Tag Archives: sandra fluke

Copy & Paste Crisis Management, Part 2: Applebee’s and the Bad Tipper (UPDATED)

On January 25, a party of 10 dined at an Applebee’s in St. Louis. When Alois Bell picked up the check, she saw that the restaurant had added an 18% tip — a customary practice for large group. Bell crossed it out and wrote, “I give God 10% why do you get 18.” For good measure, she added the word “Pastor” before her name on the signature line.


Waitress Chelsea Welch didn’t serve the group, but she took a photo of the receipt and posted it on Reddit. After Pastor Bell learned that she’d gone viral, she called the restaurant to complain; Welch was fired soon after.

“Sanctimonious preacher vs. indignant working stiff” is a great storyline. I just wish Welch had obscured Bell’s name before submitting it to Reddit; she’d have had a claim to the moral high ground.

Outrage travels fast, so Applebee’s social media channels were soon bristling with comments from pro-waitress agitators. Because no one from Corporate quickly provided the SM team with a choate response, they turned to Ctrl+C, Ctrl+V, instead of simply using their right to remain silent for a few hours.


Nervous marketers: when you’re in a foxhole, I know copy + paste looks like a friendly, but it’s actually the enemy.


As I’ve written before, canned responses ≠ crisis management. Putting “we’re listening” on a loop is the exact opposite of listening, and even worse, it’s insulting. People know when they’re being shined on.

After a full business day of getting the business, Applebee’s crafted this precious gem:

“We wish this situation hadn’t happened. Our Guests’ personal information – including their meal check – is private, and neither Applebee’s nor its franchisees have a right to share this information publicly. We value our Guests’ trust above all else. Our franchisee has apologized to the Guest and has taken disciplinary action with the Team Member for violating their Guest’s right to privacy.”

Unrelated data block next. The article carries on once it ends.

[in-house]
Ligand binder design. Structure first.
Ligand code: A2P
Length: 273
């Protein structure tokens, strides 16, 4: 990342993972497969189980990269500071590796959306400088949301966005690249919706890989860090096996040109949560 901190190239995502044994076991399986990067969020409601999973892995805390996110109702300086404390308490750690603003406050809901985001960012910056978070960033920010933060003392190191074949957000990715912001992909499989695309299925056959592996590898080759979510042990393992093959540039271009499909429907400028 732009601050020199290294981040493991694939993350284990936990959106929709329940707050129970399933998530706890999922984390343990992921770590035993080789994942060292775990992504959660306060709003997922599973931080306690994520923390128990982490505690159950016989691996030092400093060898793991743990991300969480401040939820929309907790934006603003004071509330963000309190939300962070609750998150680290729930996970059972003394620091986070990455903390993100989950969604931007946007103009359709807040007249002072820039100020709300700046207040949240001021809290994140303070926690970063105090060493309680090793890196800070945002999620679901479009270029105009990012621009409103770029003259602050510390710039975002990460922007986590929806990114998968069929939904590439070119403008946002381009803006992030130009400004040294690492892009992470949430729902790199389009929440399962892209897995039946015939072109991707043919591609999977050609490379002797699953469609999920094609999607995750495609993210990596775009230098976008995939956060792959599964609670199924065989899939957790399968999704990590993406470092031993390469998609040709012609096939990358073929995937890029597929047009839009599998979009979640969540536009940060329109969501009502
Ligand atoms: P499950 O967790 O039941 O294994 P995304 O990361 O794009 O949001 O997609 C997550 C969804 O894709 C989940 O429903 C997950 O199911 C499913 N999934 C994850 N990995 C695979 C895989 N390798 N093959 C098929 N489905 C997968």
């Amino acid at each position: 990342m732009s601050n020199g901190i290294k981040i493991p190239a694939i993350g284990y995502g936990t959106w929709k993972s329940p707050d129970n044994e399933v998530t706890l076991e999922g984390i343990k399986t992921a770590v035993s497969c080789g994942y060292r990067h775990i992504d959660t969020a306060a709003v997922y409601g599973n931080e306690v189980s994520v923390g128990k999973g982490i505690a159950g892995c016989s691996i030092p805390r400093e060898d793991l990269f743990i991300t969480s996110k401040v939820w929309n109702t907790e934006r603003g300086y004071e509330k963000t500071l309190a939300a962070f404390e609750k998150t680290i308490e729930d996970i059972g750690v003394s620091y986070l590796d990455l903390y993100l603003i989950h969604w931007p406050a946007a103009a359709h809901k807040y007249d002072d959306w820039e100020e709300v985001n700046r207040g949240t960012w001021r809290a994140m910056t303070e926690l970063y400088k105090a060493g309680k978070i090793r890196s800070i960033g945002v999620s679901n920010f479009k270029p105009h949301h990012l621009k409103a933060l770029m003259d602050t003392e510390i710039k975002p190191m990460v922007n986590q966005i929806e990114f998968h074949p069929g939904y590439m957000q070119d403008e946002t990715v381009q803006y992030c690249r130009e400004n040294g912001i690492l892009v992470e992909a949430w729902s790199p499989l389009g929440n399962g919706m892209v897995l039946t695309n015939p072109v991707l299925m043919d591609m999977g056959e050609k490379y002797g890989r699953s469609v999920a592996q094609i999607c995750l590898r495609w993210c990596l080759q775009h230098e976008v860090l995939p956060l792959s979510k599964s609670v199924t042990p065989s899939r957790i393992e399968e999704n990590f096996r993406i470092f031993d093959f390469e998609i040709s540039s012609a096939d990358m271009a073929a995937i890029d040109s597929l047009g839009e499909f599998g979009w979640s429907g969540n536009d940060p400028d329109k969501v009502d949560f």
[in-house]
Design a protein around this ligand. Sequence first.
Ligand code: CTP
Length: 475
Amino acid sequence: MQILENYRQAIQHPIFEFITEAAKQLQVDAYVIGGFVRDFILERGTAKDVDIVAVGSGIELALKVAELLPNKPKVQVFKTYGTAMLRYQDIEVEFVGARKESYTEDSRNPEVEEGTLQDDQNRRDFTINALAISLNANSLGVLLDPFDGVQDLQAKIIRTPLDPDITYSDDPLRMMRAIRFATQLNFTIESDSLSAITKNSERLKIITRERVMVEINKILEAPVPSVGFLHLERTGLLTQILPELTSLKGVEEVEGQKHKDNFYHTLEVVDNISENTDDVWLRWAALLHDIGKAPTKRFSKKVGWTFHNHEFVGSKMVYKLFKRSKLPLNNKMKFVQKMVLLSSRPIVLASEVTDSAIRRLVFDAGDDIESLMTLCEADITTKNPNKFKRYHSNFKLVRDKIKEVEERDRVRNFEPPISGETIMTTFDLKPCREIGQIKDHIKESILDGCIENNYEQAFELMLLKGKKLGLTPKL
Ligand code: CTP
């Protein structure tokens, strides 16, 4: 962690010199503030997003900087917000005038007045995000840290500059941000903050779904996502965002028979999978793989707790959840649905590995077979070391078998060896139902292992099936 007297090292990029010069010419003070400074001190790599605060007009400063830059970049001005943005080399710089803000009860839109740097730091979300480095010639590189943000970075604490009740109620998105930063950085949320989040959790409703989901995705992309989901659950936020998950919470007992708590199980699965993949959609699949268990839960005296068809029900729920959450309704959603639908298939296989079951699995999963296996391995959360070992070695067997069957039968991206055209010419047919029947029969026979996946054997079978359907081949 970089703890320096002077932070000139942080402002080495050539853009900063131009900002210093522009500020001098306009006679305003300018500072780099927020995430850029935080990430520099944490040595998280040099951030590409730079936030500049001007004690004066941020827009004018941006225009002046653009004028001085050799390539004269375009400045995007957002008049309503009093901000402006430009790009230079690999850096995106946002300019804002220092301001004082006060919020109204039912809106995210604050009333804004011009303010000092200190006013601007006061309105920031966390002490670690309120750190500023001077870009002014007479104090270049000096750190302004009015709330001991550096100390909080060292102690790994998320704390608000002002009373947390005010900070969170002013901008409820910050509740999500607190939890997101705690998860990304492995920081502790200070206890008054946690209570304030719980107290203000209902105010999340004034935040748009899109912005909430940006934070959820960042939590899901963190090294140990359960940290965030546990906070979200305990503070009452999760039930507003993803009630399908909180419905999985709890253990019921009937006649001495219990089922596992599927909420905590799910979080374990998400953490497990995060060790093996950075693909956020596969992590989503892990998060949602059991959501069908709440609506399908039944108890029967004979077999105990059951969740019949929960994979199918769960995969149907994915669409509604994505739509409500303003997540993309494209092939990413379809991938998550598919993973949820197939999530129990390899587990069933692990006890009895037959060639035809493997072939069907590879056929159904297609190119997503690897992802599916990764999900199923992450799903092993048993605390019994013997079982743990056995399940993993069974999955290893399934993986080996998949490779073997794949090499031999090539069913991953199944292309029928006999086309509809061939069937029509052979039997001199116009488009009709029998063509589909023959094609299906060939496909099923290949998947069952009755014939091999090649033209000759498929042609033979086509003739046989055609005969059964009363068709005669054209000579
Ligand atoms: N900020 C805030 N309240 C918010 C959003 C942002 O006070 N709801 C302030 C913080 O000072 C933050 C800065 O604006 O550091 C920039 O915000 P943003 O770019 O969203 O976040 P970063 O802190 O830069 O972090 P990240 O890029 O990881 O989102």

Very safe and by the book, but it creates a new narrative: the giant restaurant chain and the cheapskate who got her fired vs. a service worker trying to make ends meet.

(Applebee’s PR Team: close your eyes and imagine Chelsea Welch sharing her story on The Today Show: “What’s next for you, Chelsea?” asks a sympathetic Matt Lauer.)

Not that anyone asked, but what would I have done differently?

First order: ask Legal if we faced any liability because the receipt was publicized; if we were exposed, I’d urge them to negotiate a confidential settlement with Bell. If not, I’d direct the PR team to issue a press release indicating that another statement is forthcoming later today.

I’d then use the time I’d just bought to:

  1. Contact the Franchisee, Welch and Bell.
  2. Give Welch two options: 1) suspension without pay for two weeks and an apology on Reddit for posting Bell’s personal info, or, 2) stay fired.
  3. Issue a formal apology to Bell — before she receives the settlement, she agrees to record a YouTube video about why we tip servers in restaurants. (How many times do you think that would get shared?)
  4. Call The Today Show to find out when Welch and Bell can explain to Al Roker how they became besties.

I know: “that’s not how corporations act.” Of course they don’t; most organizations don’t have crisis-response plans; instead, they roll up the drawbridge and force their SM team to heave prefab responses over the parapets at the angry mob.

Can we please try out some weird, new ideas?

UPDATED: Applebee’s PR team must have burned the midnight oil, because they posted a timeline of the events with a detailed explanation of how Chelsea Welch apparently violated employee guidelines: